Updated on Dec. 30, 2021 by Riley Nisbet

The medical specialty of general surgery deals with diagnosing and treating health issues through surgery. This requires those practicing to provide pre-operative, operative, and postoperative care to patients to ensure minimal complications along the way. Those with degrees in general surgery are called general surgeons.

General surgeons are required to have extensive medical knowledge as they must carry out surgical procedures impacting various parts of the body, including, but not limited to, the abdomen, skin, head, neck, limbs, and some organs. This medical specialty requires excellent motor skills, adaptability, and teamwork.

Do the requirements listed above come naturally to you? Perhaps you should consider specializing in general surgery or one of its many subspecialties! For information on postgraduate education in this specialty and what to expect should you become a general surgeon, continue reading below.



To become a general surgeon in the U.S. medical trainees must attend and graduate from medical school. With a medical degree in hand, the next step is residency. While some medical residencies last just three years, a preliminary surgical residency lasts five years, with the early years covering a generalized curriculum and the last two touching on surgical subspecialties.

For individuals interested in earning a subspecialization certification, additional training—in the form of a fellowship—is required. Subspecialties of general surgery include complex general surgical oncology, hand surgery, pediatric surgery, surgical critical care, and vascular surgery.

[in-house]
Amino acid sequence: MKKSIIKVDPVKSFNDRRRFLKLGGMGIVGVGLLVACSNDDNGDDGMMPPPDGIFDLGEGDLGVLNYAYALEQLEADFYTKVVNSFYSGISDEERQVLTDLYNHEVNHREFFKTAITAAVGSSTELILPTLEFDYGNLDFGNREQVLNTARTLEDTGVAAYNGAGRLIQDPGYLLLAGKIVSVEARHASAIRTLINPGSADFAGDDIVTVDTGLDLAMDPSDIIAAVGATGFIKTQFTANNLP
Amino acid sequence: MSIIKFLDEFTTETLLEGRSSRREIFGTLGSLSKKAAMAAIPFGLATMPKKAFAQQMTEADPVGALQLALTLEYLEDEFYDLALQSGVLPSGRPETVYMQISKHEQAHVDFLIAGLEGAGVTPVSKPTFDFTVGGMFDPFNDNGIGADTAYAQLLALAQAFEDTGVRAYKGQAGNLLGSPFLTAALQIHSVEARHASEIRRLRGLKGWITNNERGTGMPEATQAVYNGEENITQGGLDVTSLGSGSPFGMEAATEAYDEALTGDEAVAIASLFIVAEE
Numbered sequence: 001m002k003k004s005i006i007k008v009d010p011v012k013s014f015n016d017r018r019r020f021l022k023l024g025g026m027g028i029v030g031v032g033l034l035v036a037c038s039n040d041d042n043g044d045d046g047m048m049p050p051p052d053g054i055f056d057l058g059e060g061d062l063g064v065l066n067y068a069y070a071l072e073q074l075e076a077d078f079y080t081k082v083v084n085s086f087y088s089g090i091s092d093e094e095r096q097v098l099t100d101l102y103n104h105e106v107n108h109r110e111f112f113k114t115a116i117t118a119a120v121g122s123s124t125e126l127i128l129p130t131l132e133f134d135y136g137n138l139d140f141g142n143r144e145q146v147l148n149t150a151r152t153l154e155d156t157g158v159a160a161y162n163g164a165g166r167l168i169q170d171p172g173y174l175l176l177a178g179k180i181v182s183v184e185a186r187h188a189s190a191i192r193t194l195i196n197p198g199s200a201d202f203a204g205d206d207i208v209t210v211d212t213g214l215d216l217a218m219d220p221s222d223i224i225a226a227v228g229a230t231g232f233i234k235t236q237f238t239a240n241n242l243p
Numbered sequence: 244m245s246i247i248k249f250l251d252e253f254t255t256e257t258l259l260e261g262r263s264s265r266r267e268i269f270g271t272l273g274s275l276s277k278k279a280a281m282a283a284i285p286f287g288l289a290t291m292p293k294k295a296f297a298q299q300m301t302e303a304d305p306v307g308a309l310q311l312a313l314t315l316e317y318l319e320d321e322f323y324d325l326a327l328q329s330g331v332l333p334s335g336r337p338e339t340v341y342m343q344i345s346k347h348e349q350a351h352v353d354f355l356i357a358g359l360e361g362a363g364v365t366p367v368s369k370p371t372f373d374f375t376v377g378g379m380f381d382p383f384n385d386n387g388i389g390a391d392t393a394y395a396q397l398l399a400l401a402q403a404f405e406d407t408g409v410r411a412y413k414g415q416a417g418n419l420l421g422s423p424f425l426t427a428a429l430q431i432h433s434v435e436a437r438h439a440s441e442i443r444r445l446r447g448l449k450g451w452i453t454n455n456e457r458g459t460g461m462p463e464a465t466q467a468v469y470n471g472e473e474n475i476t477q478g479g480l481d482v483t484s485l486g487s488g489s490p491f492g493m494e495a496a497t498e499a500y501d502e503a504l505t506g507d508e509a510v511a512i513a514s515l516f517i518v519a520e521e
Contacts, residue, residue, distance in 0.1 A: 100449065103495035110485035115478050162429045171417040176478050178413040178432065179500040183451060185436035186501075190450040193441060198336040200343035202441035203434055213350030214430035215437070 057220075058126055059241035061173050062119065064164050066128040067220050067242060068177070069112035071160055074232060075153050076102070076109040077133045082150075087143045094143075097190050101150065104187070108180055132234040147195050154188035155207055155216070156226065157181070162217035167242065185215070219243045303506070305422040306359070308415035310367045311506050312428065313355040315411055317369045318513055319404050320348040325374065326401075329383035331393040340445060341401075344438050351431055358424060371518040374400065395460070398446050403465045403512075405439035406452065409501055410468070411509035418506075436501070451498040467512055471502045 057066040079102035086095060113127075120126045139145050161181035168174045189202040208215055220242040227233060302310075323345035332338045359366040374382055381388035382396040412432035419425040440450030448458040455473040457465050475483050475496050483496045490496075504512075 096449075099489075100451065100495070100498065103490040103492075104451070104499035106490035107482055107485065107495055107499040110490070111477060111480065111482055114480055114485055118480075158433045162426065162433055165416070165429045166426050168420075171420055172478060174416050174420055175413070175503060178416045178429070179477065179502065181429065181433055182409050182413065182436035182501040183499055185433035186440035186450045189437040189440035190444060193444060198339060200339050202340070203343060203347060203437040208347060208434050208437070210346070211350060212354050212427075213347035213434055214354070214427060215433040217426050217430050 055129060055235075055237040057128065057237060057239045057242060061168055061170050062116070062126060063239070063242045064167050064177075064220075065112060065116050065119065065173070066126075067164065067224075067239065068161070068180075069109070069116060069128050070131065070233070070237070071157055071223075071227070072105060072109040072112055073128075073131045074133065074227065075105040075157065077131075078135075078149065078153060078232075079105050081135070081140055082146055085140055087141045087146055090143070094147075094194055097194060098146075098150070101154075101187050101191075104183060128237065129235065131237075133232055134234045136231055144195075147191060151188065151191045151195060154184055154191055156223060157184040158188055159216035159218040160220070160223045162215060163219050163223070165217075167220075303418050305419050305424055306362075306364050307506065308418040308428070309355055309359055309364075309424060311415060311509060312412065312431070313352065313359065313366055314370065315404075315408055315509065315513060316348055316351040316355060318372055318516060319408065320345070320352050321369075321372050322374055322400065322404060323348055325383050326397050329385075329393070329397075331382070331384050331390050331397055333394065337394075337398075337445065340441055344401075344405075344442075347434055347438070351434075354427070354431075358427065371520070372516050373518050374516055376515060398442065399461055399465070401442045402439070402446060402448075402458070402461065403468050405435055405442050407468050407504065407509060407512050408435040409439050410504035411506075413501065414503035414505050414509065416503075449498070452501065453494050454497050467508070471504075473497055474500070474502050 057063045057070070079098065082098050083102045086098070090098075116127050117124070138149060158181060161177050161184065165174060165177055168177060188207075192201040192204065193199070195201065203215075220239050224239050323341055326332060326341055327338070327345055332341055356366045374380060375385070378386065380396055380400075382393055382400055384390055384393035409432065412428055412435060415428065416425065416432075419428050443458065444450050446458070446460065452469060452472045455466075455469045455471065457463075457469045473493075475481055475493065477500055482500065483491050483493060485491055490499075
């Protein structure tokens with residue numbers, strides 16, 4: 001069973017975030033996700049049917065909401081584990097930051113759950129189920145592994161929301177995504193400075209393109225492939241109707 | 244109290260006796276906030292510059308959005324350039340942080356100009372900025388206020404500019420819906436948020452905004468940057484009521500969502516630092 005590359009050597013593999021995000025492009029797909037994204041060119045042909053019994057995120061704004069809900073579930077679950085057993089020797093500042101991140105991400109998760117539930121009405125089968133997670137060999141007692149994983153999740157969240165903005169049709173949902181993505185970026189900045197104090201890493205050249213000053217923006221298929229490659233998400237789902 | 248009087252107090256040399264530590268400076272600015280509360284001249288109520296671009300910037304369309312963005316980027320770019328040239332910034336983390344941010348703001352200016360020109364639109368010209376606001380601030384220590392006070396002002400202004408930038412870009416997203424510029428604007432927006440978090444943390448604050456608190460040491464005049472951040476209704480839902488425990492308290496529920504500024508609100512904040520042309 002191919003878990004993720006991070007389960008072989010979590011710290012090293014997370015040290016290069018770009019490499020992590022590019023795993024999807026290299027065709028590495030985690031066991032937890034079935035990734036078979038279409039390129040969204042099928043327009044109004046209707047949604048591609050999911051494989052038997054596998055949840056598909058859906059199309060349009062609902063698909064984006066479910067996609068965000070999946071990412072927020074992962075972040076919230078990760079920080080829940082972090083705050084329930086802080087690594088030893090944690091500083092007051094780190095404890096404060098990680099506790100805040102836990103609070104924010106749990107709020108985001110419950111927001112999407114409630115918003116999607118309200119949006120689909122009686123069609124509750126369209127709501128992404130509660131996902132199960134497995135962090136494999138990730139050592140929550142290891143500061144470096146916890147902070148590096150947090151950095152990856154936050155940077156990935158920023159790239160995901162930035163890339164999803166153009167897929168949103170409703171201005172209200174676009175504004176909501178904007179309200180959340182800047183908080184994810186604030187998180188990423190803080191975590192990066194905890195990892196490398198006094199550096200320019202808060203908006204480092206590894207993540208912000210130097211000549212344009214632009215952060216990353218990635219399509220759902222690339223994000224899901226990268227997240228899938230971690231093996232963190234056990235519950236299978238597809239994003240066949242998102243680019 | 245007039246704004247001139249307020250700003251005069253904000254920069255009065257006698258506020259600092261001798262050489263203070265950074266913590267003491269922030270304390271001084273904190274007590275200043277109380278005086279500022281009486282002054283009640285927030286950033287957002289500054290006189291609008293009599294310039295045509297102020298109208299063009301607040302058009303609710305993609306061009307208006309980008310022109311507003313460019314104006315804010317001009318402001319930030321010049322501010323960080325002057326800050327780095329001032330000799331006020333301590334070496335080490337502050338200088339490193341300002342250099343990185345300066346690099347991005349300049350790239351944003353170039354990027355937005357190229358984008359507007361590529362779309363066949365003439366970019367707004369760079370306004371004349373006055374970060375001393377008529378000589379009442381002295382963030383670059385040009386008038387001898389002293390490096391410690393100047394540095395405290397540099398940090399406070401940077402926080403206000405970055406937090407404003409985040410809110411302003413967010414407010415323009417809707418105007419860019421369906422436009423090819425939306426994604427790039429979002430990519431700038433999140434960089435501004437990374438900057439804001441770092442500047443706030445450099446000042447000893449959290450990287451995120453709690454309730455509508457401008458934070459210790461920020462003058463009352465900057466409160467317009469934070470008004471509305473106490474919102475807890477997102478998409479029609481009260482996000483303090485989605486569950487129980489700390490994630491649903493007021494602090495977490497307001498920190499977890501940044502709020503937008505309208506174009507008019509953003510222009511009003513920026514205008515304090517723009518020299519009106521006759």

During the 2021 Match cycle, 612 surgical residency positions were filled. Of these, 269 were filled by IMGs–191 by non-U.S. IMGs and 78 by U.S. IMGs–ranking it as one of the highest matching specialties for IMGs.

For more on 2021 Match data, click here.


Practicing as a Surgeon

Although IMGs match into surgery residencies at a rate of roughly 44%, 75% of general surgeons in the U.S. graduated from U.S. medical schools (as of 2019). This implies IMGs who do their residencies in surgery either go on to specialize or eventually practice in their home countries.

In the U.S., the average salary for a general surgeon has steadily risen to $407,300. Despite being among highest-paid physicians, 67% of general surgeons feel they should be paid more. Long hours and may be to blame for these feelings with 25% percent of specialists in this area of medicine reporting burnout.

Although studies indicate that 81% of general surgeons would choose the same specialization if they had the opportunity to begin their careers again, individuals looking to have success in the field must be detail-oriented and willing to give their time to the practice. General surgeons can expect to work between 50 and 60 hours weekly—this does not include hours for which they are on call.

The annual number of general surgeons who retire each year is greater than those obtaining certifications, meaning there is a general surgeon deficit within the U.S.

For even more information on general surgery, visit The American Board of Surgery’s website.


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